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README.md
make.sh
rowhammer_test_ext.cc
run_safe_test.sh

README.md

rowhammer_test_ext: Extended version of rowhammer_test

This directory contains an extended version of rowhammer_test which reports physical memory addresses.

rowhammer_test_ext has the following differences from rowhammer_test:

  • It reports the physical addresses of victim locations (memory locations where bit flips occur) and aggressor locations (pairs of memory locations which cause the bit flips when accessed).

    When rowhammer_test_ext finds that accessing a batch of addresses produces a bit flip, the program tries to narrow down which pair of addresses in the batch will reproduce the bit flip.

  • This version is Linux-specific, because it uses /proc/self/pagemap to find the physical addresses of pages.

  • This version keeps on running when it finds a bit flip, rather than exiting.

How to run the test

./make.sh
./rowhammer_test_ext

If you want to save the results, you can run:

./rowhammer_test_ext 2>&1 | tee -a log_file

Why a separate "extended version"?

rowhammer_test_ext.cc is based on rowhammer_test.cc, but I am keeping them separate so that rowhammer_test.cc stays as simple and portable as possible.

rowhammer_test.cc is a very simple demonstration of how to do row hammering using random address selection, and I don't want to clutter it with Linux-specific code that might fail to build or run on other flavours of Unix.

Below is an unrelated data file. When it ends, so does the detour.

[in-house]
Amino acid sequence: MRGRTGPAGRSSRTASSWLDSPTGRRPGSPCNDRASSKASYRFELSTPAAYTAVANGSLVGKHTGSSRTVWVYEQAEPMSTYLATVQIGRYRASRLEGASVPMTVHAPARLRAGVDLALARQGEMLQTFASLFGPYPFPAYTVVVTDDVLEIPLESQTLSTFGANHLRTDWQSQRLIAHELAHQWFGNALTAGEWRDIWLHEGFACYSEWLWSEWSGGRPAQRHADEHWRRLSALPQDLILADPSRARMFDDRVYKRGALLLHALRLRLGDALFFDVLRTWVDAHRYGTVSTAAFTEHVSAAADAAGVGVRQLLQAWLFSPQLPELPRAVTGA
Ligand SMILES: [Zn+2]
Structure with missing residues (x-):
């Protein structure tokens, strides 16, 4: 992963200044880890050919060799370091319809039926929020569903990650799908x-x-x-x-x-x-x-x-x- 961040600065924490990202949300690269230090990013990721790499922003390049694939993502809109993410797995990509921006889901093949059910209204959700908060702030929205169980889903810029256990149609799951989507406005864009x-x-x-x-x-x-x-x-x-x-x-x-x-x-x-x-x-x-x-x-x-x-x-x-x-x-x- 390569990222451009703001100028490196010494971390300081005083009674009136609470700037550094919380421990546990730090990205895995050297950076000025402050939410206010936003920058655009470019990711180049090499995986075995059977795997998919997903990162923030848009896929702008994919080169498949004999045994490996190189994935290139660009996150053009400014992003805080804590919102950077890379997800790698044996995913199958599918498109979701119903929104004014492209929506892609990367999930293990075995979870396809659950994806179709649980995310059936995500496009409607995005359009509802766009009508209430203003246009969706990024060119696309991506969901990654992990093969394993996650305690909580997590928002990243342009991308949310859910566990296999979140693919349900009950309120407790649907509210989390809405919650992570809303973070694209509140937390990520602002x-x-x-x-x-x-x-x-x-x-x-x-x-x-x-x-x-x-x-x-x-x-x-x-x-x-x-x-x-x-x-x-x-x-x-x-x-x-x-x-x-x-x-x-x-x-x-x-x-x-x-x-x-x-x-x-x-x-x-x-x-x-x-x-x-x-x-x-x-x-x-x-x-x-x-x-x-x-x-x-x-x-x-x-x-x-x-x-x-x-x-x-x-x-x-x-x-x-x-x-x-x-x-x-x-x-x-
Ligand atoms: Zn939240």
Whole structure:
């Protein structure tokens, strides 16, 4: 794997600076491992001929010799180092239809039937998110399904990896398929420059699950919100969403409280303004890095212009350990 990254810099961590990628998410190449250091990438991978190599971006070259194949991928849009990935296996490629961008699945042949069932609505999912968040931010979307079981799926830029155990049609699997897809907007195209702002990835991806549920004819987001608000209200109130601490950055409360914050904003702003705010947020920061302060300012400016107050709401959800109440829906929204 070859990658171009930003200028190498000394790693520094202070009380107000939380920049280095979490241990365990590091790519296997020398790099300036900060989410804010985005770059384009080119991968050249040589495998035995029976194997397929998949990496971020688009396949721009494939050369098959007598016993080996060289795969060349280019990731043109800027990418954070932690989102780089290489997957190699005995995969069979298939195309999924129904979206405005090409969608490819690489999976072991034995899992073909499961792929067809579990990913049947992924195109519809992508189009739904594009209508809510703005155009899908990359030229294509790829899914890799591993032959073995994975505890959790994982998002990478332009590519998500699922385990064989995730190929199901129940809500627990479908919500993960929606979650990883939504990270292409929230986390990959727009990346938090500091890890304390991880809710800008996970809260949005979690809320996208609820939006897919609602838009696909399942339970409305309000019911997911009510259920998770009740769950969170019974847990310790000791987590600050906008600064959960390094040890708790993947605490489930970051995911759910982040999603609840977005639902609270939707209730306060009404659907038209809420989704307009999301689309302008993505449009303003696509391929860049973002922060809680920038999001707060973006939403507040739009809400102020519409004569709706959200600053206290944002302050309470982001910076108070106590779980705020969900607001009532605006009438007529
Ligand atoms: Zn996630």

Output format

When the program finds a pair of aggressor addresses that reproduce a bit flip, it outputs a line of the following format:

RESULT PAIR,addr_agg1,addr_agg2,addr_victim,bit_number,flips_to

where:

  • addr_agg1 and addr_agg2 are the physical addresses of the aggressor locations.

  • addr_victim is the physical address of the 64-bit victim location, where the bit flip occurred.

  • bit_number is the number of the bit that flipped within the 64-bit victim location.

    This is useful for checking whether the bit flip can be used for particular exploits, such as the PTE-based exploit (described in the blog post) which involves flipping particular bits in a page table entry (PTE).

  • flips_to is the value that the bit flipped to, either 0 or 1. (However, note that the test currently initialises memory to all 1s, which means that flips_to will be 0.)

Example:

RESULT PAIR,0x194d63000,0x194cf8000,0x194d27b30,16,0